His mom had tears in her eyes the first time she walked on it, Denison said.
Denison was born in Northfield in 1972, a third-generation resident of the city. He attended Northfield High School and then moved to Ft. Lauderdale, FL to attend the Art Institute of Ft. Lauderdale. But he dropped out one year before graduating.
Prior to serving on city the council, Denison had spent time as a grocery order selector for the Northfield branch of McLane Minnesota, a large company with 37 grocery and foodservice distribution centers. While Denison was spending his time ordering groceries for them, he was also thinking about politics. He ran unsuccessfully for school council in 2001, and then for city council in 2004.
In 2006, Denison’s political fortunes improved. He launched a dark horse campaign for Northfield’s vacant city council position representing the fourth ward. Denison says he put his name on the ballot for 4th Ward councilman “essentially… because I could.” Then he just hoped for the best—literally, just hoped. Tending to a mother who was ill with lung cancer, Denison found virtually no time to campaign, beyond shaking a few hands after attending church services with her.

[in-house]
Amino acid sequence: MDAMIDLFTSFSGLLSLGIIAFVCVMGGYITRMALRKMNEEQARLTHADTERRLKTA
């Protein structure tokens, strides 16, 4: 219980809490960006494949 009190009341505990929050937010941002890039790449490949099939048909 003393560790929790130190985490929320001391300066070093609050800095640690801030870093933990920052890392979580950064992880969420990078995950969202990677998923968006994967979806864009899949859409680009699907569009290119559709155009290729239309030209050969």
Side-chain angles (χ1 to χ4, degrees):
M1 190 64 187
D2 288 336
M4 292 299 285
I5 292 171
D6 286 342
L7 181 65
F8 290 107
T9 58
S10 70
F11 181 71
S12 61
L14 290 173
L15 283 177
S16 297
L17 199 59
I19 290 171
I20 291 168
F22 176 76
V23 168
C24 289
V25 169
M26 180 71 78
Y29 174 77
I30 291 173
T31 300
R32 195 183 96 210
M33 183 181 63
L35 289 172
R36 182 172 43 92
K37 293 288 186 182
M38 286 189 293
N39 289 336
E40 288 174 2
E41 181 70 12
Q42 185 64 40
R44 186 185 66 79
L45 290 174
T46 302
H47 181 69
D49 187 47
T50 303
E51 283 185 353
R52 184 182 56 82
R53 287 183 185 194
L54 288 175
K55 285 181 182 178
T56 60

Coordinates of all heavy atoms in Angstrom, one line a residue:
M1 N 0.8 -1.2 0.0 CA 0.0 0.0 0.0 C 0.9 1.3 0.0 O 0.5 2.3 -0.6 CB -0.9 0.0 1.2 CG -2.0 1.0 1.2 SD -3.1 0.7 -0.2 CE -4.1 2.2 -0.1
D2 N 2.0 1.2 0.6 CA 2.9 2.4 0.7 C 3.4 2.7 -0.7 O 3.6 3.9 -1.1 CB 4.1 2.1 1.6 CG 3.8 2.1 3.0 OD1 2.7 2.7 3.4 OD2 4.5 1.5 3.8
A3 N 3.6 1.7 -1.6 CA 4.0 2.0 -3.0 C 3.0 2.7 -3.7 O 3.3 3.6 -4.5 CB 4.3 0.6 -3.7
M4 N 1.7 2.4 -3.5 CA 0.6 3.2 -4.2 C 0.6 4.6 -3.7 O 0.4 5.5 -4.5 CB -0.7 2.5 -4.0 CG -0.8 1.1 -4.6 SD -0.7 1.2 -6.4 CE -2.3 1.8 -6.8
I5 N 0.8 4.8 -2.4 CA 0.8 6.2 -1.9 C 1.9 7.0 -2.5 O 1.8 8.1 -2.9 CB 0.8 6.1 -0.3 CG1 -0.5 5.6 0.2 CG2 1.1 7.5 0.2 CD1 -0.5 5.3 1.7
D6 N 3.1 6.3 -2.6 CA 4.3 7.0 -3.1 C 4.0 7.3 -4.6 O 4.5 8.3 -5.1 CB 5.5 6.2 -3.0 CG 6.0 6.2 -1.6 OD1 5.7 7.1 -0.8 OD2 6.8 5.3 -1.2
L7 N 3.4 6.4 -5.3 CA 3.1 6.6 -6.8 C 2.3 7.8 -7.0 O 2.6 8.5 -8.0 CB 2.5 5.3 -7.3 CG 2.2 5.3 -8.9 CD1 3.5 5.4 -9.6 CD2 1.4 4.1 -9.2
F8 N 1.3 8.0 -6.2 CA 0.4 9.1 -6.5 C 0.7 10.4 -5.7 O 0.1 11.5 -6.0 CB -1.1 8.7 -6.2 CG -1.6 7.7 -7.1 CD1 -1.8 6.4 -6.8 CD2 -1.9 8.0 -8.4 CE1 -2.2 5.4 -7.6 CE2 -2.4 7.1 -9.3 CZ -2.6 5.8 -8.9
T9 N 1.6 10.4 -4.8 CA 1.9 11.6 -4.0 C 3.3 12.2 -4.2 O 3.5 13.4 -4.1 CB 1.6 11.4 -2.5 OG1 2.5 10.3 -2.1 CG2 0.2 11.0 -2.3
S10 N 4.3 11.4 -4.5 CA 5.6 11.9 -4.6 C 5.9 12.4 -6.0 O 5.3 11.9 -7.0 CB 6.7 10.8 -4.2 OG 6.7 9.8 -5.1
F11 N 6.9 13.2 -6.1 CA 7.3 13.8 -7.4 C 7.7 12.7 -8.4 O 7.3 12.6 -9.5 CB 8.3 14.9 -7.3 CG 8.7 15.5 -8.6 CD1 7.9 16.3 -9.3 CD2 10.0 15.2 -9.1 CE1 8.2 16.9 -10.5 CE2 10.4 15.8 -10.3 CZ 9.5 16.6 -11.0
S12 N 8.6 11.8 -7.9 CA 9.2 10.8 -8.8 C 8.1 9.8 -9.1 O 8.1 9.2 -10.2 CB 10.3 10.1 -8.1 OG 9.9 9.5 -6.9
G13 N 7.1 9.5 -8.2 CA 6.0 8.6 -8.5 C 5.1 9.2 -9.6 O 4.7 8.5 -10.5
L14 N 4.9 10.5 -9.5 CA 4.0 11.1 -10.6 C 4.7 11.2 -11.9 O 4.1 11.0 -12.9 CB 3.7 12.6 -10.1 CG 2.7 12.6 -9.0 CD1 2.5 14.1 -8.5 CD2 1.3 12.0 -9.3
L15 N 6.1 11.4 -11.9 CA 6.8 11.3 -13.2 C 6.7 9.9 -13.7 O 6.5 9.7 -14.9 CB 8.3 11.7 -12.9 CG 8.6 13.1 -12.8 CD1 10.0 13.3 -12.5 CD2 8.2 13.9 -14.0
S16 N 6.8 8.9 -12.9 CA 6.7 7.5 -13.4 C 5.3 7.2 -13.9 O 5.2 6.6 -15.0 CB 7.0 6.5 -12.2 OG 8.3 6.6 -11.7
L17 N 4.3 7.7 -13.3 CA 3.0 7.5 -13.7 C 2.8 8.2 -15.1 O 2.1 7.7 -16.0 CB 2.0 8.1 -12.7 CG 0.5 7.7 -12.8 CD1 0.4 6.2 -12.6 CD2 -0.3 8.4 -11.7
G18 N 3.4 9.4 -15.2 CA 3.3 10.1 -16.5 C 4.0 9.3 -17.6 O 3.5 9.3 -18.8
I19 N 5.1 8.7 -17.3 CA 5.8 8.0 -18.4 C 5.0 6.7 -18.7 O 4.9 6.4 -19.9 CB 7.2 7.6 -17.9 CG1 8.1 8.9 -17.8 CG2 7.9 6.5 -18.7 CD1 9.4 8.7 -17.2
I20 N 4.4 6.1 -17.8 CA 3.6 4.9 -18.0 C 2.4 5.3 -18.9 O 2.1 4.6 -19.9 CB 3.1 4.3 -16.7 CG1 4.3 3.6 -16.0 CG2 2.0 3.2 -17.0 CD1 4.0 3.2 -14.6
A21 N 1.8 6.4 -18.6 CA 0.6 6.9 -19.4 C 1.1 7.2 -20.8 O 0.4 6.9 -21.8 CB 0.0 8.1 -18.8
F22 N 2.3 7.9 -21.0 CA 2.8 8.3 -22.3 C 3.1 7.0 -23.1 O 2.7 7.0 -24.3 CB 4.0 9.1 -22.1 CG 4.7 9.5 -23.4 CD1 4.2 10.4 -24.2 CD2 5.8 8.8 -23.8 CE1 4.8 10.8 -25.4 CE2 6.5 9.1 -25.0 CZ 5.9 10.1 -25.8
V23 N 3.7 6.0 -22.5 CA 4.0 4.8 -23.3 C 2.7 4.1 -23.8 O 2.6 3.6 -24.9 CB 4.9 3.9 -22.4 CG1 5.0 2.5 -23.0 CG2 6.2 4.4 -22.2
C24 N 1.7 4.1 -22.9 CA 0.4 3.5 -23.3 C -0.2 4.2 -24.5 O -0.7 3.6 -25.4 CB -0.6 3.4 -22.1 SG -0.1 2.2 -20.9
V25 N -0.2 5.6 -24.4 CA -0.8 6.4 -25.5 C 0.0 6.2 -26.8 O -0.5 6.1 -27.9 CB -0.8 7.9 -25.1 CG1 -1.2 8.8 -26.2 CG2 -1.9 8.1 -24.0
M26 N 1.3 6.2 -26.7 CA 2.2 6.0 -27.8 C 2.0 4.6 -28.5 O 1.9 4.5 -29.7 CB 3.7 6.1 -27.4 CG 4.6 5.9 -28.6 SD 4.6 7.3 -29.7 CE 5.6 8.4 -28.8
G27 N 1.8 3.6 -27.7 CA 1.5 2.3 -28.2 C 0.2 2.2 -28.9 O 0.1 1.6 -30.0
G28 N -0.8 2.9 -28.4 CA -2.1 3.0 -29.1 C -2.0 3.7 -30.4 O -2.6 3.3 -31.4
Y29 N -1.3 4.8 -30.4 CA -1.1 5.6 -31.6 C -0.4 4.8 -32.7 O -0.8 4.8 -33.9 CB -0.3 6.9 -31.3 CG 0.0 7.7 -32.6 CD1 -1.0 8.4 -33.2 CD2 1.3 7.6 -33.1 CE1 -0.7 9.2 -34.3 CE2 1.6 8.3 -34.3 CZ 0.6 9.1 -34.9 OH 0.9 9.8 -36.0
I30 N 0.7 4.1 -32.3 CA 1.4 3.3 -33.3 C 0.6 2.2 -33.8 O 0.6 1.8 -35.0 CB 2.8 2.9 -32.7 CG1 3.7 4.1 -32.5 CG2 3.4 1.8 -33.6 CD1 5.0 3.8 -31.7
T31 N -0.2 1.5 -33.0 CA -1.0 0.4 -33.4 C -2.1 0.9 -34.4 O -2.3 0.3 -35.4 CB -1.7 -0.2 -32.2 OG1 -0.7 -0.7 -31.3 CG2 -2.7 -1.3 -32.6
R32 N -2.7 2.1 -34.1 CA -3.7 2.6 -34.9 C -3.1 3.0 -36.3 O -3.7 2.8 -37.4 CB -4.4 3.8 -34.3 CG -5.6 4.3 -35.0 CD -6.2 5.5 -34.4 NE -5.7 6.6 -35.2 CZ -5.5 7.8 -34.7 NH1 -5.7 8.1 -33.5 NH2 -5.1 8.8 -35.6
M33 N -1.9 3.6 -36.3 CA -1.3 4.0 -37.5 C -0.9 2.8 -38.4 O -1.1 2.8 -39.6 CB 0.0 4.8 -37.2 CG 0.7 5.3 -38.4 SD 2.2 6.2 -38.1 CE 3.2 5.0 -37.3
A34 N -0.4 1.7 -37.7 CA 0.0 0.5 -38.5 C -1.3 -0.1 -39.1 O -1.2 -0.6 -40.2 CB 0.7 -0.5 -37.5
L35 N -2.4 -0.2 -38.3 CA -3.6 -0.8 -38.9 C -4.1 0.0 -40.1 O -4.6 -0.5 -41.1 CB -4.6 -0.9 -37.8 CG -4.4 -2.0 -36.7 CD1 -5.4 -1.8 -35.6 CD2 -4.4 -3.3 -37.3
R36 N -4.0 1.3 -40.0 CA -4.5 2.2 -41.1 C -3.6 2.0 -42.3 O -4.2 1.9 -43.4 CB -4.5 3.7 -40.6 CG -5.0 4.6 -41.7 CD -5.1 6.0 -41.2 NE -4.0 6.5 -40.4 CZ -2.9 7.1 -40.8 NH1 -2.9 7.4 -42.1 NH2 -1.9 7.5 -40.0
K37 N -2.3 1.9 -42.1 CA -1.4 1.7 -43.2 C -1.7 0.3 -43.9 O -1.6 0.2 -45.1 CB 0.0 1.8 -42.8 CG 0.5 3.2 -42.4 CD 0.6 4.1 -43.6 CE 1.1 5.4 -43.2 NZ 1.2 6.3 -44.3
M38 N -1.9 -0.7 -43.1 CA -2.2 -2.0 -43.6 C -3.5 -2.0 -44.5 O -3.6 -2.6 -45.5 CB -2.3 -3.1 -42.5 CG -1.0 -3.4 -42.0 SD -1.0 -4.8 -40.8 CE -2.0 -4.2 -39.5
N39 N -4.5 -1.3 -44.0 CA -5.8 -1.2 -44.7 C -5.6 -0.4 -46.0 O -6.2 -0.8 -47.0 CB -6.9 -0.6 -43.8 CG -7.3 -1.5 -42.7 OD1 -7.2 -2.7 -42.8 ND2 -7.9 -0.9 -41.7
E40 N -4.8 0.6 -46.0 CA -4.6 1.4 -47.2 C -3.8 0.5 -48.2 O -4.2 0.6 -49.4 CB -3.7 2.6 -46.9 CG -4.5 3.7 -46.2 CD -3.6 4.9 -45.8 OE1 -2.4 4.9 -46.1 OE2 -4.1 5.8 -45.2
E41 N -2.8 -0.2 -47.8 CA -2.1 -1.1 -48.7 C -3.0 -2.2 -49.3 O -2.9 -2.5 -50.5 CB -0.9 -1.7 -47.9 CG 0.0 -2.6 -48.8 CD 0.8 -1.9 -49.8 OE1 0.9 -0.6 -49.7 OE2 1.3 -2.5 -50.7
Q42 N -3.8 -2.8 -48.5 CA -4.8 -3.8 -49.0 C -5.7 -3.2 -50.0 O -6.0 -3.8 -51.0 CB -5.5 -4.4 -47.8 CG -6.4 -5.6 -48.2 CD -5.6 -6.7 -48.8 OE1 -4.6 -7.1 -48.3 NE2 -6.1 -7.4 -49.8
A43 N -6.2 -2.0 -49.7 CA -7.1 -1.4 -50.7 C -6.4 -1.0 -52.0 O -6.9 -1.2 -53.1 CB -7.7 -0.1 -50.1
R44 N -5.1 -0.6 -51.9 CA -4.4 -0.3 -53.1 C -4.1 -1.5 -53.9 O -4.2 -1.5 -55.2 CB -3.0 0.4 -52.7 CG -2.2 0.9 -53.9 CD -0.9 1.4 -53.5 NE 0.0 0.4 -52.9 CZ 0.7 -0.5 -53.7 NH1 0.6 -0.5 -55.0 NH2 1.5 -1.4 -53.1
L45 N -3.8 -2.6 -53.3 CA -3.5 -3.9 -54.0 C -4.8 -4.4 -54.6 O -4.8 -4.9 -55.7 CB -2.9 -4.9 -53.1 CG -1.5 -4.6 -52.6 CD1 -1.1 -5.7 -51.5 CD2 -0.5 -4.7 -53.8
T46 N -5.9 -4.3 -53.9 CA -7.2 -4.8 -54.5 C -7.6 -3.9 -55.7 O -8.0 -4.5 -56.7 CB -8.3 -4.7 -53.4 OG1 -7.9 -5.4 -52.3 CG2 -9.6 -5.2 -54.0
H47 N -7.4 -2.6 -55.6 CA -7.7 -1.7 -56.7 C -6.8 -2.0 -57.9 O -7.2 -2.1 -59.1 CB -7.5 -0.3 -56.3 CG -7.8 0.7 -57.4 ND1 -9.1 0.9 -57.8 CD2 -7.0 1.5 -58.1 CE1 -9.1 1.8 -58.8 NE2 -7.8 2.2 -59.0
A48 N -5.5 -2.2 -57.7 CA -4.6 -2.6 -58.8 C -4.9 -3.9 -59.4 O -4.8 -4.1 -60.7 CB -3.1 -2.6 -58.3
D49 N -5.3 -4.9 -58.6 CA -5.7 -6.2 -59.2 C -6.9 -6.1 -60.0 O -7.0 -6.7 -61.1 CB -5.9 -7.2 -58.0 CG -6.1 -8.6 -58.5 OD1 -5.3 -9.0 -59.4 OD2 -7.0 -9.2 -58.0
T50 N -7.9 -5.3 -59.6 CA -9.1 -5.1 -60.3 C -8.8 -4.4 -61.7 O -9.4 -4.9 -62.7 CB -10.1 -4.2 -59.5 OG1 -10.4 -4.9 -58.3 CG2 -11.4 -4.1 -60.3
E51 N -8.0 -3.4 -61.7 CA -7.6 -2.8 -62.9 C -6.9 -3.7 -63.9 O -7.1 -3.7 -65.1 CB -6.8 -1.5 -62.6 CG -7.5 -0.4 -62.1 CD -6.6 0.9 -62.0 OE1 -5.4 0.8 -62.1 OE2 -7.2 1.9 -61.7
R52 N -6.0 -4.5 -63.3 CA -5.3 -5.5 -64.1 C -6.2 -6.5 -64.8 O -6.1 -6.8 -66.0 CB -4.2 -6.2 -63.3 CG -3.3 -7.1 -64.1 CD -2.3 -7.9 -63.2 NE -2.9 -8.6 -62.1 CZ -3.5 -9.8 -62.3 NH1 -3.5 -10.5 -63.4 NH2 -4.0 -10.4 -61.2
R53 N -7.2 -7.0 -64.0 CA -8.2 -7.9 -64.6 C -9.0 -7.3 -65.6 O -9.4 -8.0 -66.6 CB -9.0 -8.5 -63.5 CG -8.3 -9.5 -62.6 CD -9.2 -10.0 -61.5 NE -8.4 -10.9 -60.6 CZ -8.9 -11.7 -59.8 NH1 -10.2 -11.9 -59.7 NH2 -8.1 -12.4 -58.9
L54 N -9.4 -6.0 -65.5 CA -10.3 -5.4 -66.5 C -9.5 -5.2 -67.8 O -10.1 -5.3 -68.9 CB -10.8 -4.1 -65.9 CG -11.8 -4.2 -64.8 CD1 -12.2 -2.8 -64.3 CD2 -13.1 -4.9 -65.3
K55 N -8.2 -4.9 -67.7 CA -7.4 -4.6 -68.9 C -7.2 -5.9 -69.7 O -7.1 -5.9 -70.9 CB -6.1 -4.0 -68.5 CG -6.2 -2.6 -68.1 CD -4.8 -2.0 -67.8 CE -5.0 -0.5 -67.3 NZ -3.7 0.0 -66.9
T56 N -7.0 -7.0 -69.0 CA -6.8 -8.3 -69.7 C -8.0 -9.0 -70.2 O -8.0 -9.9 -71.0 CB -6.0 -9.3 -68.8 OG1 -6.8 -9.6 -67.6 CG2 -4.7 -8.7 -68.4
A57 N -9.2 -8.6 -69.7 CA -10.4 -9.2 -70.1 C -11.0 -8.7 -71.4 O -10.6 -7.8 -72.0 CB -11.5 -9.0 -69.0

Facing off against Victor Summa, a longtime Northfield activist, Denison’s chances at victory seemed dim. But on election night, after a long delay in results reporting owing to computer errors, Denison emerged victorious.
While the attacks from the blogosphere came swiftly, Denison countered by holding a town hall meeting to introduce himself to his constituents and then working hard to show them that they had made the right choice.
Denison believes his style resonates with the city’s voters.
His “common blue collar sense” connects, he says, with Northfield citizens who don’t feel like they have someone fighting for them at City Hall. He describes Northfield as ridden by class division, with the affluent suburban families on one hand and the working class set in the other.
“My father wasn’t a college professor,” Denison says. “I don’t own a small business downtown, I don’t have kids that play soccer or hockey. I don’t run in those circles.”
“Before coming here to meet with you, I was hanging out at the local Eagle’s Club,” Denison said. “It’s kind of a Cheers attitude there, everybody knows your name. And I represent that kind of group.”
But has Denison quieted the critics?
“I had a citizen come up to me say they voted me,” Denison said. “Their exact words were, ‘Whoever knew you’d be so damn good at this?’”